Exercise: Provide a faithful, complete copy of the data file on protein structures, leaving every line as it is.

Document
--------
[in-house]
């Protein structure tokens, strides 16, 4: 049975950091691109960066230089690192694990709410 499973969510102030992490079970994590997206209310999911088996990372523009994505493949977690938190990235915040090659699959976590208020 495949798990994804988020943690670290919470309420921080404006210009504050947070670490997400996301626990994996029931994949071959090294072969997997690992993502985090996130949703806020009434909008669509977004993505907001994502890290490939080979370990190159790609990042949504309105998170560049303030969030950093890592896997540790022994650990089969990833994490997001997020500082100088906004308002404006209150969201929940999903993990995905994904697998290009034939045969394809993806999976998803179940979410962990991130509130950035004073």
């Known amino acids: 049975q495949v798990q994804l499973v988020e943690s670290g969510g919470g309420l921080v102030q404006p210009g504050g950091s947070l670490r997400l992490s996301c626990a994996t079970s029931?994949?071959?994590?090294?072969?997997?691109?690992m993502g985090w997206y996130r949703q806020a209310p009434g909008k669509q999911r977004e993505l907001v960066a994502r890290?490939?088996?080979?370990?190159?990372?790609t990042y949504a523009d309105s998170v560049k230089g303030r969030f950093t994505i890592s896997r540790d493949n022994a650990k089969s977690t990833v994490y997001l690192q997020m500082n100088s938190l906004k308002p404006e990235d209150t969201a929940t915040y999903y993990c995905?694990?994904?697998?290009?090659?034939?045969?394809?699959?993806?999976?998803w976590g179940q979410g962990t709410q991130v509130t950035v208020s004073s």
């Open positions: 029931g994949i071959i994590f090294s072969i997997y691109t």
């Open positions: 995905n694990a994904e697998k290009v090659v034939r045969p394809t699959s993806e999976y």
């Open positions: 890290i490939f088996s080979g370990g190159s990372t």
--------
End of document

[in-house]
């Protein structure tokens, strides 16, 4: 049975950091691109960066230089690192694990709410 499973969510102030992490079970994590997206209310999911088996990372523009994505493949977690938190990235915040090659699959976590208020 495949798990994804988020943690670290919470309420921080404006210009504050947070670490997400996301626990994996029931994949071959090294072969997997690992993502985090996130949703806020009434909008669509977004993505907001994502890290490939080979370990190159790609990042949504309105998170560049303030969030950093890592896997540790022994650990089969990833994490997001997020500082100088906004308002404006209150969201929940999903993990995905994904697998290009034939045969394809993806999976998803179940979410962990991130509130950035004073």
């Known amino acids: 049975q495949v798990q994804l499973v988020e943690s670290g969510g919470g309420l921080v102030q404006p210009g504050g950091s947070l670490r997400l992490s996301c626990a994996t079970s029931?994949?071959?994590?090294?072969?997997?691109?690992m993502g985090w997206y996130r949703q806020a209310p009434g909008k669509q999911r977004e993505l907001v960066a994502r890290?490939?088996?080979?370990?190159?990372?790609t990042y949504a523009d309105s998170v560049k230089g303030r969030f950093t994505i890592s896997r540790d493949n022994a650990k089969s977690t990833v994490y997001l690192q997020m500082n100088s938190l906004k308002p404006e990235d209150t969201a929940t915040y999903y993990c995905?694990?994904?697998?290009?090659?034939?045969?394809?699959?993806?999976?998803w976590g179940q979410g962990t709410q991130v509130t950035v208020s004073s």
């Open positions: 029931g994949i071959i994590f090294s072969i997997y691109t």
């Open positions: 995905n694990a994904e697998k290009v090659v034939r045969p394809t699959s993806e999976y």
């Open positions: 890290i490939f088996s080979g370990g190159s990372t």